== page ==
were mostly watched in silent mode from an exercise bike in the gym, and only at the hours NBC deemed suitable; ie, marketable. They were interleaved with commercials, roughly a sheaf of them every 10 minutes, with garishly colored square pizzas at unbeatable prices and aging men with incredible sixpacks.
My London daughter, like every other British person I know, grumbled (the NYT taught us a new word for this, "whinged") in the months leading up to the games, swore she would leave town; but once they started kept sending me links to Youtubes I couldn't watch, because "this video is not available in your part of the world"; eg., the BBC version of the Queen being escorted to her chopper by James Bond. NBC had exclusivity on that.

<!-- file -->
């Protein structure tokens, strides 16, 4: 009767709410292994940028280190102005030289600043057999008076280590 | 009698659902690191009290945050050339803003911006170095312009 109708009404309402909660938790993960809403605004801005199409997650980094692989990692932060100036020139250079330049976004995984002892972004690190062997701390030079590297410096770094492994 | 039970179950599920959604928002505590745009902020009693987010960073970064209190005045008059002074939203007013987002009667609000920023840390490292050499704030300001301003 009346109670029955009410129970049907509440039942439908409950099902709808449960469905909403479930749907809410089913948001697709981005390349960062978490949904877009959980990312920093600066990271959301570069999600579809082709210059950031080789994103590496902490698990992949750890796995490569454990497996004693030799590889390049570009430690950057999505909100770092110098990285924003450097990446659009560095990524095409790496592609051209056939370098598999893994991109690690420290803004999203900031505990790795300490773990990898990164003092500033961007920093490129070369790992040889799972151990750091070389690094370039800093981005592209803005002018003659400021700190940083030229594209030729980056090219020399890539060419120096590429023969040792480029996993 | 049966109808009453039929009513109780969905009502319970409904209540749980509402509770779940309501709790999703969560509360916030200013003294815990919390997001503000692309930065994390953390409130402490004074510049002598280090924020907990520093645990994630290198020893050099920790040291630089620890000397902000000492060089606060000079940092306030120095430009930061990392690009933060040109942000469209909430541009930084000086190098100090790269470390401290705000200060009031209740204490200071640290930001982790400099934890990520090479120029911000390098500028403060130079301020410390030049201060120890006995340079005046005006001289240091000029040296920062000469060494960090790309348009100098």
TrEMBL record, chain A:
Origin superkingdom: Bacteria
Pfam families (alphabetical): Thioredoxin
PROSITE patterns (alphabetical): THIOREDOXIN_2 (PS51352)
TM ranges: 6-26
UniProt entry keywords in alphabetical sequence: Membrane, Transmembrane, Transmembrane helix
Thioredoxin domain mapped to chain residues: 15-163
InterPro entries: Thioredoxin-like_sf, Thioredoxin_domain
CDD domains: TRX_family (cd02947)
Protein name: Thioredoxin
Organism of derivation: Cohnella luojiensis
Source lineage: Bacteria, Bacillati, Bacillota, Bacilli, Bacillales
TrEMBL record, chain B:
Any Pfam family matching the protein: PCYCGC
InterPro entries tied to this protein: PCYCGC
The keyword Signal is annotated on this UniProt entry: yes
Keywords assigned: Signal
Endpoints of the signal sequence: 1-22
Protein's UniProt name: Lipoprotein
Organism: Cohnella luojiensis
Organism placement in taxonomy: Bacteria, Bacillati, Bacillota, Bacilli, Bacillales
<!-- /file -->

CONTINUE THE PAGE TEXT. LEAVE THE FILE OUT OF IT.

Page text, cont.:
By the end of Week One, my daughter, who is not British, though she has lived in London for a fair number of years, told me that for the first time in her life she found herself saying "we" and meaning "we British."
Me too, I almost felt British, though that goes back a few generations to some salt smuggling sabbath breakers in Scotland. Four years ago I wondered how London was ever going to put on an Opening Ceremony after the Beijing Extravaganza. Mais voilà! All you need is a sense of humor. Thanks, GB.
(And now at the gym it's American football, which I don't begin to understand and baseball, which is not a spectator sport.)